John McCain has picked Alaska Gov. Sarah Palin as the bottom half of his ticket. Having never heard of her before there’s little to be said at this point, although the lack of notoriety Palin brings to the party speaks for itself in some ways.
Palin, 44, who’s in her first term as governor, is a pioneering figure in Alaska, the first woman and the youngest person to hold the state’s top political job.
She catapulted to the post with a strong reputation as a political outsider, forged during her stint in local politics. She was mayor and a council member of the small town of Wasilla and was chairman of the state Oil and Gas Conservation Commission, which regulates Alaska’s oil and gas resources, in 2003 and 2004.
The conservative Palin defeated two so-called political insiders to win the governor’s job — incumbent Gov. Frank Murkowski in the GOP primary and former two-term Democratic Gov. Tony Knowles in the 2006 general election.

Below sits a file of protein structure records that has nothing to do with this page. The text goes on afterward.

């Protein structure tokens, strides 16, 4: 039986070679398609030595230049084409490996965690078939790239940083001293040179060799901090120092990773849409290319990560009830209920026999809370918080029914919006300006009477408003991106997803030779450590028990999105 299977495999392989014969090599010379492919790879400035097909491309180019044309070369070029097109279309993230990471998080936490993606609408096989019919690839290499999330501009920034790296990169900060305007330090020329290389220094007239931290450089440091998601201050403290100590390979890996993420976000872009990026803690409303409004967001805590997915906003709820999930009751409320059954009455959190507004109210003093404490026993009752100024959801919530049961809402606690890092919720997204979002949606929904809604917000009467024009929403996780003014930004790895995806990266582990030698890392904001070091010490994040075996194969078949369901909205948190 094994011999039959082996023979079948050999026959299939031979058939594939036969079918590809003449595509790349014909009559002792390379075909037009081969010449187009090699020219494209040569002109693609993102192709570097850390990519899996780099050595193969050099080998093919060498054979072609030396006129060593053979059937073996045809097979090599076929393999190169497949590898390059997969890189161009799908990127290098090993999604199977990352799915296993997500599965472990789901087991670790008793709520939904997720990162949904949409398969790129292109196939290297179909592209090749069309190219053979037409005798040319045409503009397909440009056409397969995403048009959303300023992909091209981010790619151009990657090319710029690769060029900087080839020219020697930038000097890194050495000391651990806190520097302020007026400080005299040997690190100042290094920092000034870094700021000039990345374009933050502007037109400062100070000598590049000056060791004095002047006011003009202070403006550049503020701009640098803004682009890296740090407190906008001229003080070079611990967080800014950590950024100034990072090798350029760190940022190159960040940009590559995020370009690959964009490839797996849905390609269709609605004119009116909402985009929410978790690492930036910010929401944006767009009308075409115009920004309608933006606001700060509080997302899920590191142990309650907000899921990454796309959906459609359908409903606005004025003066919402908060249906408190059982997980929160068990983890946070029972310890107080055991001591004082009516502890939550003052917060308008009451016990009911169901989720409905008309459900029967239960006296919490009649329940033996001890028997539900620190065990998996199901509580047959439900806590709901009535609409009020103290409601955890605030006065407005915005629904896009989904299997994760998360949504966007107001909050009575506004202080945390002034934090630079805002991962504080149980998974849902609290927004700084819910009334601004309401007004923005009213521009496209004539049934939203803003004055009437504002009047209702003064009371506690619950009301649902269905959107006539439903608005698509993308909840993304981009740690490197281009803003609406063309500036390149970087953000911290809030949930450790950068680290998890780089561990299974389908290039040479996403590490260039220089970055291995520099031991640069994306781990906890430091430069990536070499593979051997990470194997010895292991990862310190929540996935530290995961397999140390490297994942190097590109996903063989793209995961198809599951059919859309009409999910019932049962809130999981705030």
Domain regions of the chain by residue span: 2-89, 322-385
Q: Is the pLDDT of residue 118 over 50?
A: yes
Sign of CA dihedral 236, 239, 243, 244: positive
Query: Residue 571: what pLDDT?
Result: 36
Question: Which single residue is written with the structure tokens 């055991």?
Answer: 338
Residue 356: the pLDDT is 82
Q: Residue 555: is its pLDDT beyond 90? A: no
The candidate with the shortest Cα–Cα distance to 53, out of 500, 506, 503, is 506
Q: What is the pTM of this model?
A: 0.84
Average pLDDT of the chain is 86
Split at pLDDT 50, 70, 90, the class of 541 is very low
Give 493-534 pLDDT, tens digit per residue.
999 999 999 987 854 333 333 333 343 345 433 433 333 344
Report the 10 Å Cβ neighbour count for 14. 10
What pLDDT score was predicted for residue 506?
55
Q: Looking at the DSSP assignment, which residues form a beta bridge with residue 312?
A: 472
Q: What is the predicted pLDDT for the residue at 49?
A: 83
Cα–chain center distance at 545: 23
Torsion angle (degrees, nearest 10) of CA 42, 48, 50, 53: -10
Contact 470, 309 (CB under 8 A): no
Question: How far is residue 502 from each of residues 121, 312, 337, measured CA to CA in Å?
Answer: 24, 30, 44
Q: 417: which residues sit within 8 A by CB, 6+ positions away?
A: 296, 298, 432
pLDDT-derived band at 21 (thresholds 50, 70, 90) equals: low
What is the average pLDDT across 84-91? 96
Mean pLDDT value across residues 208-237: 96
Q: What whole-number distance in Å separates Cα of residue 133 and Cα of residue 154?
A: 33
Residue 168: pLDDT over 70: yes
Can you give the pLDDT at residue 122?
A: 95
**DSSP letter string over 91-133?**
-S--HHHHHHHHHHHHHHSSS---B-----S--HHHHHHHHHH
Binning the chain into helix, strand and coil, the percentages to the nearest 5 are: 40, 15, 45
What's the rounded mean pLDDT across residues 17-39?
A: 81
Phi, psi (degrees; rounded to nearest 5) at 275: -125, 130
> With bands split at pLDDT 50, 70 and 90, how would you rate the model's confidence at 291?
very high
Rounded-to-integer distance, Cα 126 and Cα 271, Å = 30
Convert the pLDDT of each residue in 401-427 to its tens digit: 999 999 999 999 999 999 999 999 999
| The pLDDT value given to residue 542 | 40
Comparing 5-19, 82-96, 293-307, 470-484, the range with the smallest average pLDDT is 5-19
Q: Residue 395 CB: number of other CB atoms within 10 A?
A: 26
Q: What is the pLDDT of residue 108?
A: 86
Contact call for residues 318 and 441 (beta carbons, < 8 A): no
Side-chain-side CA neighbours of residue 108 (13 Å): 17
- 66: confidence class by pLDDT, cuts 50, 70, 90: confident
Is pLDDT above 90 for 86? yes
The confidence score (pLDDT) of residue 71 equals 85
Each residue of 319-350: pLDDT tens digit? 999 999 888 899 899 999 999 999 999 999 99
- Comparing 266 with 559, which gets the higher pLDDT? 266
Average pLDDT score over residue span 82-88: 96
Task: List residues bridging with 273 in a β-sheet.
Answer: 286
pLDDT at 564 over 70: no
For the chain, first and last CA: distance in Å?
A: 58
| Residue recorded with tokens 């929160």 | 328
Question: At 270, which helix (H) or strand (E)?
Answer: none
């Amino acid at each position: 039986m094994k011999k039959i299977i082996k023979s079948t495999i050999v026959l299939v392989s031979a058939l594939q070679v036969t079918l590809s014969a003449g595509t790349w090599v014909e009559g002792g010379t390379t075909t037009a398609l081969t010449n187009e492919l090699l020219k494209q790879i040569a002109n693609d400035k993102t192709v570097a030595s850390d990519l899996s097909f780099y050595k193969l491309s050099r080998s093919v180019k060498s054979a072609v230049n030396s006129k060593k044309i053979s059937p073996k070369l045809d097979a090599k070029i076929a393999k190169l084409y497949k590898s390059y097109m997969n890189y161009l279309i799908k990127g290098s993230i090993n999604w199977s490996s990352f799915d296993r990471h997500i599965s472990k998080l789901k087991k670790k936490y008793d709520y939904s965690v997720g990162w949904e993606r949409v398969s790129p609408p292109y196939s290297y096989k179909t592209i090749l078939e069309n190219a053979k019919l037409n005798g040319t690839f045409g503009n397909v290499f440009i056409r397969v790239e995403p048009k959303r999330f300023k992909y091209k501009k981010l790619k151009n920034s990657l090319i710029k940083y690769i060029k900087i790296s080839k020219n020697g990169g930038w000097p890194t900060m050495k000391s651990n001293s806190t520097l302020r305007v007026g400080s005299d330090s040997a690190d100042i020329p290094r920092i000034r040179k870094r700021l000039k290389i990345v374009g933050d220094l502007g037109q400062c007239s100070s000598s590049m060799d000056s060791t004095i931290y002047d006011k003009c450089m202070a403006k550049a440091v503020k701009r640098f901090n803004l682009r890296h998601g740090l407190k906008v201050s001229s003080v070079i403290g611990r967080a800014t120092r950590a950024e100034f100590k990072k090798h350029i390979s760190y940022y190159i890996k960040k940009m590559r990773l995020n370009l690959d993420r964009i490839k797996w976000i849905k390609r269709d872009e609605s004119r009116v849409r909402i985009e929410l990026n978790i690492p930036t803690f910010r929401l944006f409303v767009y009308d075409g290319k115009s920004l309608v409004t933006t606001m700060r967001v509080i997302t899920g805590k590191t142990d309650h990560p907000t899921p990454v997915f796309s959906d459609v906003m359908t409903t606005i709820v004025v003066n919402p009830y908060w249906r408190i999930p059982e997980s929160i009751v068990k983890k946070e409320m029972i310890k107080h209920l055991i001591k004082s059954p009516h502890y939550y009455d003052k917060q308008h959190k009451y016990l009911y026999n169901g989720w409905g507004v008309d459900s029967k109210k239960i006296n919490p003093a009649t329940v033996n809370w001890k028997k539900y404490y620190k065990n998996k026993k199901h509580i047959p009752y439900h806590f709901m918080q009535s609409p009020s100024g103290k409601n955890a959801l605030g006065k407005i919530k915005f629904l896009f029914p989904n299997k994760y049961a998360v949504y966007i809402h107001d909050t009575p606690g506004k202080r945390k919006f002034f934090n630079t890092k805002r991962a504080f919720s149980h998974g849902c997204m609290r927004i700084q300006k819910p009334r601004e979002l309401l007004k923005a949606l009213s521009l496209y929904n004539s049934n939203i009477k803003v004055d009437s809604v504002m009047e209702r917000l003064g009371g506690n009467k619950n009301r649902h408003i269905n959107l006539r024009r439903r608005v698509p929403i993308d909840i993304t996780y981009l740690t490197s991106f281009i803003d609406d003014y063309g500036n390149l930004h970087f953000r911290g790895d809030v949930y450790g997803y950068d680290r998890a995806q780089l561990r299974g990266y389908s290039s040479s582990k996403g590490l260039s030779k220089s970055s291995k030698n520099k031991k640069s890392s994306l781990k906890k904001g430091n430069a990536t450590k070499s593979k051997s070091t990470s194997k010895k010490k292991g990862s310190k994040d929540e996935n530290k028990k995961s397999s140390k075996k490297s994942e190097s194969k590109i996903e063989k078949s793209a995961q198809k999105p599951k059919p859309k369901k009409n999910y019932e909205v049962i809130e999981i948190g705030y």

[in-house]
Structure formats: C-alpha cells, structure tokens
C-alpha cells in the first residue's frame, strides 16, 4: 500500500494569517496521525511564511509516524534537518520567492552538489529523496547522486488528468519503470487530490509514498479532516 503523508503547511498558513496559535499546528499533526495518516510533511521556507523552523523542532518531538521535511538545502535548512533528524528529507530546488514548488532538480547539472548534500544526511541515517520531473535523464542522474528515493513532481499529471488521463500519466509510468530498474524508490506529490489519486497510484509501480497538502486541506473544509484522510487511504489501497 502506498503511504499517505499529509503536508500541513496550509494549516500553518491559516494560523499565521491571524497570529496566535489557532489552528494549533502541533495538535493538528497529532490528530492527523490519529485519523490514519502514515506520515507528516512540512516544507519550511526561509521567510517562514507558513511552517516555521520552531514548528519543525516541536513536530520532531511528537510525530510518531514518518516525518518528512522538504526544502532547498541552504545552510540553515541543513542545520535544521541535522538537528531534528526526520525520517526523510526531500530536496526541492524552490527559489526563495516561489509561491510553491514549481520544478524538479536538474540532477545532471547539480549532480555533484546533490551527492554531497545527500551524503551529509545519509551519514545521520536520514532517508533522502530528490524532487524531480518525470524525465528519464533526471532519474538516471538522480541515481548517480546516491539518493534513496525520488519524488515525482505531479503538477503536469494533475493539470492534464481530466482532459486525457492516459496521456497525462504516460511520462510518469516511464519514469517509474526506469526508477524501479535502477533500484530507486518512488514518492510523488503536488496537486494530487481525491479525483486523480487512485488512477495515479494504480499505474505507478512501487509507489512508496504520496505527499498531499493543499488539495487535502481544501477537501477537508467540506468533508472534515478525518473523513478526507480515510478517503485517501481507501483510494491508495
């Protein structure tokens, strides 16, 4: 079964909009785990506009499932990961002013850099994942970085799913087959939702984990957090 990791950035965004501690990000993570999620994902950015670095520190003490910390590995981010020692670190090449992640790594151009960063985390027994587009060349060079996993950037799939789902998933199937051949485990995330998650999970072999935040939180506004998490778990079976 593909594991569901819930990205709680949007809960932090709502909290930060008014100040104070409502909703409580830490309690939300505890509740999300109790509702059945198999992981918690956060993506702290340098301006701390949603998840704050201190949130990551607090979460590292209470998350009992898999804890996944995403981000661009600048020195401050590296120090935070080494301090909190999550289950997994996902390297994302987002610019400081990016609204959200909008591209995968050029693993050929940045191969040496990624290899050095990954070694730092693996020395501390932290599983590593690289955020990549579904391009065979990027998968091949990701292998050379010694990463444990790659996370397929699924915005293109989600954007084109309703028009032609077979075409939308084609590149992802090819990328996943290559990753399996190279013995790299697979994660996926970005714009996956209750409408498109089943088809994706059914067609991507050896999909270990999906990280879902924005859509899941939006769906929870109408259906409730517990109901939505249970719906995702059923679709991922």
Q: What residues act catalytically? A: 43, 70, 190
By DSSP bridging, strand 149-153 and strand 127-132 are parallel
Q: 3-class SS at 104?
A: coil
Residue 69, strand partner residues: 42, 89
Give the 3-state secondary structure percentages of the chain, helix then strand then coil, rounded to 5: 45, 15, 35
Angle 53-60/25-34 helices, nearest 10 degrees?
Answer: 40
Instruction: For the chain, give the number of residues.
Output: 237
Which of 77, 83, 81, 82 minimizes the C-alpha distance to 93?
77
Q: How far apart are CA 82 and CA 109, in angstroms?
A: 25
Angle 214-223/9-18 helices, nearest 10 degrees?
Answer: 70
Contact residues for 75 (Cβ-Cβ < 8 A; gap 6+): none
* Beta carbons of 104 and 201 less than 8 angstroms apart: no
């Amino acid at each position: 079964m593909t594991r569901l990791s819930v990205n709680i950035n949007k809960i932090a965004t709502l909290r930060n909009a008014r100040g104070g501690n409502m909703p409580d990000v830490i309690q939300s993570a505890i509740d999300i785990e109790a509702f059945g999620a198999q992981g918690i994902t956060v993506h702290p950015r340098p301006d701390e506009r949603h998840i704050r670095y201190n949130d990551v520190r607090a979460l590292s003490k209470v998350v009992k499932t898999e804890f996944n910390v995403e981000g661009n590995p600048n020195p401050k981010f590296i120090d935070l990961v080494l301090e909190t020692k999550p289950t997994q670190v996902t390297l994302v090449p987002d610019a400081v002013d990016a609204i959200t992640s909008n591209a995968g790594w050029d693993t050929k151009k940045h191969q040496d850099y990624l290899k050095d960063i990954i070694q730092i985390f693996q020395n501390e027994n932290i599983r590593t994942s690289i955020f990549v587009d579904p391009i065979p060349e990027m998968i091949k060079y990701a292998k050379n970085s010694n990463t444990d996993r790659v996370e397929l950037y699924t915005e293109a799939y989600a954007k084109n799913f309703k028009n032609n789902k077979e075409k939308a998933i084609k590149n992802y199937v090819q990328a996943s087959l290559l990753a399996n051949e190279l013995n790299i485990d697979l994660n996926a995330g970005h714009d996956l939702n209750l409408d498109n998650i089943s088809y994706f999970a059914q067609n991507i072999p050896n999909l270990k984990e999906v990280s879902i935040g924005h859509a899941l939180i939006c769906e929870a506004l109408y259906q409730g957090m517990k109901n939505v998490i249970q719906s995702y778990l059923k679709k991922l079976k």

All good, as far as it goes. The million dollar question is this: If John McCain’s health falters, is Sarah Palin the person Americans would most want in the White House?
The answer is, I think, quite clearly "No!", if based only on the fact that we have no idea who this person is.
Palin’s reputed independent streak is an asset, in my mind, as is the get-it-done attitude most Alaskans learn from the environment in which they live. Her lack of experience in big-time national politics works against her, obviously, since it’s debatable whether she even matches Barack Obama’s virtually non-existent record. Ted Stevens’ recent ethics indictment won’t help either.
In sum, a surprising choice that will either prove to be a major blunder or tremendous coup for McCain.